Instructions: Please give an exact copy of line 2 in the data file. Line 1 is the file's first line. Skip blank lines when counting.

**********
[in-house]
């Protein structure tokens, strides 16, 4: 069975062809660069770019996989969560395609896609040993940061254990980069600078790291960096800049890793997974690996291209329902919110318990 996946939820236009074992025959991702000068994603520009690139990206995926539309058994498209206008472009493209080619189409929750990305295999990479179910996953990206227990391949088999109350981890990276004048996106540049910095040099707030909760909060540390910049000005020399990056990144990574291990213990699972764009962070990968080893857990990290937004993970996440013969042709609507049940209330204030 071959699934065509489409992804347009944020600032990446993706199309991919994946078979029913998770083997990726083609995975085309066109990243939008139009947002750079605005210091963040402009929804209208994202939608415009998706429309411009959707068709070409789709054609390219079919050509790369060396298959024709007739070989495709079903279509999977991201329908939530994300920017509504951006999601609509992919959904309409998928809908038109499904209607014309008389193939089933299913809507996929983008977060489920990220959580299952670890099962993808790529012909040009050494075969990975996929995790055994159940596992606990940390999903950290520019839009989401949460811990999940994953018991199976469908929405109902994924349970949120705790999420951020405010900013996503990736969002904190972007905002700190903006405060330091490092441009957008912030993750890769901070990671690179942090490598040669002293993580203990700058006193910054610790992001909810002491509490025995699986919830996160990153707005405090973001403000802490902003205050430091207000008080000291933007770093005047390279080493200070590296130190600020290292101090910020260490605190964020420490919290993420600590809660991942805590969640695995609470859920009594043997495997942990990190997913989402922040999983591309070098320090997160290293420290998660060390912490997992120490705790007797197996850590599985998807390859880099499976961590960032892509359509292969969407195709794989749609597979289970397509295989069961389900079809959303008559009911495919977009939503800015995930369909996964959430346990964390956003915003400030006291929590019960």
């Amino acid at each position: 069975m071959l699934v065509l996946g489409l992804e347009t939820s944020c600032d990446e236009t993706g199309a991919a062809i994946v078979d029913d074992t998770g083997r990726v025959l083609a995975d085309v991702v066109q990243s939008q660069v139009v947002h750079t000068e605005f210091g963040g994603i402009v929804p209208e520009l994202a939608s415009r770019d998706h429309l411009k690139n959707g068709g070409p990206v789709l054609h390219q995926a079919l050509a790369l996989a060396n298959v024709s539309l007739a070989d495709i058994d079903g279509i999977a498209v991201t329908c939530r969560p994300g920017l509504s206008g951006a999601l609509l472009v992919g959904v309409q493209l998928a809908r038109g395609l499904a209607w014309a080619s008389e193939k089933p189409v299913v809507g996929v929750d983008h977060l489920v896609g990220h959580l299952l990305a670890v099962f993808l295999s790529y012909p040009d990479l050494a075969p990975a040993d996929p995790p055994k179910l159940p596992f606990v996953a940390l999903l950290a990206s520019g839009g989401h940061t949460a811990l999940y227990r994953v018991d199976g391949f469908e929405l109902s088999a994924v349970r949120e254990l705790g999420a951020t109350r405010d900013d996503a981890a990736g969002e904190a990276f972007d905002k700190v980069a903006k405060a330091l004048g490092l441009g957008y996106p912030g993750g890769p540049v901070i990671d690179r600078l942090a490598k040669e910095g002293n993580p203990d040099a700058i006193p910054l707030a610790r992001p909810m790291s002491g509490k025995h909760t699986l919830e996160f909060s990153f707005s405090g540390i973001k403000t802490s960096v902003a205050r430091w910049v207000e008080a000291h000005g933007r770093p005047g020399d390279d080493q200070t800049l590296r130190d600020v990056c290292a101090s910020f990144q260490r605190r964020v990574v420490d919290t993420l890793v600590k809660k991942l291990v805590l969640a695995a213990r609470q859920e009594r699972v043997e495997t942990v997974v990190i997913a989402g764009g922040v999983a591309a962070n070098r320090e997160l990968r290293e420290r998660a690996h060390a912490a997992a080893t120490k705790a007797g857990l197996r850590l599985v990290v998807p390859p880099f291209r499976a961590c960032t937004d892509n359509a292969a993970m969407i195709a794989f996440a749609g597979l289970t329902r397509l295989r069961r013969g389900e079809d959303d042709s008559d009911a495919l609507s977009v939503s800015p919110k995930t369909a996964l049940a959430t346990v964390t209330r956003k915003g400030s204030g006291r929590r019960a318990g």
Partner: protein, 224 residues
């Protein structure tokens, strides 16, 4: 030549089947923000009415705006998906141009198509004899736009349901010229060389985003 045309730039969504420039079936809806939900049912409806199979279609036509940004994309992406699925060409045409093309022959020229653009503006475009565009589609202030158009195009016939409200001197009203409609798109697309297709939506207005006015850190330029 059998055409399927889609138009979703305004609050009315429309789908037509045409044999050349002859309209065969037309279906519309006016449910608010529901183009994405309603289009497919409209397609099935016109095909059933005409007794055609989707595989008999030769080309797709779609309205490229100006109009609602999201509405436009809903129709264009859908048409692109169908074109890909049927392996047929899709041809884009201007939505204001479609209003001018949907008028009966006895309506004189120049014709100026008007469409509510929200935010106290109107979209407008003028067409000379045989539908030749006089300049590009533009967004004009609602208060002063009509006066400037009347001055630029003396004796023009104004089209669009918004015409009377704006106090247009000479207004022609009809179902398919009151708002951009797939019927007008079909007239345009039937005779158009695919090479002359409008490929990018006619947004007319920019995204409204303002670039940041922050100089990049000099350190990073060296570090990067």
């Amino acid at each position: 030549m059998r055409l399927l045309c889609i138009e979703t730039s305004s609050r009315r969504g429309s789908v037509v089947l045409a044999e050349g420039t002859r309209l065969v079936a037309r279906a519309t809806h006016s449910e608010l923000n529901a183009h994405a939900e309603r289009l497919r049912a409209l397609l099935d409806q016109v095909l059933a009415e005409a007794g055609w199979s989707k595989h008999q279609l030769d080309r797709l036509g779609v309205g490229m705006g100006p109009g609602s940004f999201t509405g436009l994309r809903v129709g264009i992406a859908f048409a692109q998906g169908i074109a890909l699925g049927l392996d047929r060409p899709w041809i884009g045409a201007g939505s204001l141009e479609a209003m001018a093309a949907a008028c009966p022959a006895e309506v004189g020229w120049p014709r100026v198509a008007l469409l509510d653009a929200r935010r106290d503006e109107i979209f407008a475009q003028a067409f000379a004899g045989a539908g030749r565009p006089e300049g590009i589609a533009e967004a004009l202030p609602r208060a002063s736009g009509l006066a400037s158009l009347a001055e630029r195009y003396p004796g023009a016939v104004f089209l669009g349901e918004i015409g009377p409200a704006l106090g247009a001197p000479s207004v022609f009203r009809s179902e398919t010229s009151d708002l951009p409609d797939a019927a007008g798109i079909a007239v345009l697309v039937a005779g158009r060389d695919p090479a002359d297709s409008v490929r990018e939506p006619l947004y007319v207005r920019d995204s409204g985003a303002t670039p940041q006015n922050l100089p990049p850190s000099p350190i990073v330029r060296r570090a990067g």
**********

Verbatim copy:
């Protein structure tokens, strides 16, 4: 069975062809660069770019996989969560395609896609040993940061254990980069600078790291960096800049890793997974690996291209329902919110318990 996946939820236009074992025959991702000068994603520009690139990206995926539309058994498209206008472009493209080619189409929750990305295999990479179910996953990206227990391949088999109350981890990276004048996106540049910095040099707030909760909060540390910049000005020399990056990144990574291990213990699972764009962070990968080893857990990290937004993970996440013969042709609507049940209330204030 071959699934065509489409992804347009944020600032990446993706199309991919994946078979029913998770083997990726083609995975085309066109990243939008139009947002750079605005210091963040402009929804209208994202939608415009998706429309411009959707068709070409789709054609390219079919050509790369060396298959024709007739070989495709079903279509999977991201329908939530994300920017509504951006999601609509992919959904309409998928809908038109499904209607014309008389193939089933299913809507996929983008977060489920990220959580299952670890099962993808790529012909040009050494075969990975996929995790055994159940596992606990940390999903950290520019839009989401949460811990999940994953018991199976469908929405109902994924349970949120705790999420951020405010900013996503990736969002904190972007905002700190903006405060330091490092441009957008912030993750890769901070990671690179942090490598040669002293993580203990700058006193910054610790992001909810002491509490025995699986919830996160990153707005405090973001403000802490902003205050430091207000008080000291933007770093005047390279080493200070590296130190600020290292101090910020260490605190964020420490919290993420600590809660991942805590969640695995609470859920009594043997495997942990990190997913989402922040999983591309070098320090997160290293420290998660060390912490997992120490705790007797197996850590599985998807390859880099499976961590960032892509359509292969969407195709794989749609597979289970397509295989069961389900079809959303008559009911495919977009939503800015995930369909996964959430346990964390956003915003400030006291929590019960």